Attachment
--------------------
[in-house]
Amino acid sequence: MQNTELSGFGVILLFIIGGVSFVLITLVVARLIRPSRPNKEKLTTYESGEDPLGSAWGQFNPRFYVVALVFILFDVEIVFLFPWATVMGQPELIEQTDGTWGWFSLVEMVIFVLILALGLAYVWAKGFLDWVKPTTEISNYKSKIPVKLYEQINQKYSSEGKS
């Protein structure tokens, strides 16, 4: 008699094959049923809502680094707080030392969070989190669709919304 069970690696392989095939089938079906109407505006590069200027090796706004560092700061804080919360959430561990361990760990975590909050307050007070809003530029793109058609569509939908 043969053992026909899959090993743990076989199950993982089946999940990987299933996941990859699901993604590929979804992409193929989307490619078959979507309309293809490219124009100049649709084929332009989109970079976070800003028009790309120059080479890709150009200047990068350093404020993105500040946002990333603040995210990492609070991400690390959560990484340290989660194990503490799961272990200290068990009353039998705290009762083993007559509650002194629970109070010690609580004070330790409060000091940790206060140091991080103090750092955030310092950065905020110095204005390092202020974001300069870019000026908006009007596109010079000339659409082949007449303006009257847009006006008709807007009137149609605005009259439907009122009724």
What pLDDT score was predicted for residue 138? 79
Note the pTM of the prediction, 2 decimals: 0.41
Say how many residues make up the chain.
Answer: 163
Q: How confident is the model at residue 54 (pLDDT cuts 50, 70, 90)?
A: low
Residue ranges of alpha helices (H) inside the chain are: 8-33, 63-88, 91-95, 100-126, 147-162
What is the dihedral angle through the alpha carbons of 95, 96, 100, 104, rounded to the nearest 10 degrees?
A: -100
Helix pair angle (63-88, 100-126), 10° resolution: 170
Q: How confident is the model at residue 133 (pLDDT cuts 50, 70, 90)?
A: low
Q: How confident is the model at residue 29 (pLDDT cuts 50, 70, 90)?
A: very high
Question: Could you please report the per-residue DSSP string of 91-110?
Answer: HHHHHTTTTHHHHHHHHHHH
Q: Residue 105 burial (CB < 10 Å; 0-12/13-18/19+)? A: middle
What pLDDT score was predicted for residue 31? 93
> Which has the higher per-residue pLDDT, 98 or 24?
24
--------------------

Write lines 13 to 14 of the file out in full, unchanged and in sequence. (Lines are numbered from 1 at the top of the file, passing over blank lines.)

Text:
Helix pair angle (63-88, 100-126), 10° resolution: 170
Q: How confident is the model at residue 133 (pLDDT cuts 50, 70, 90)?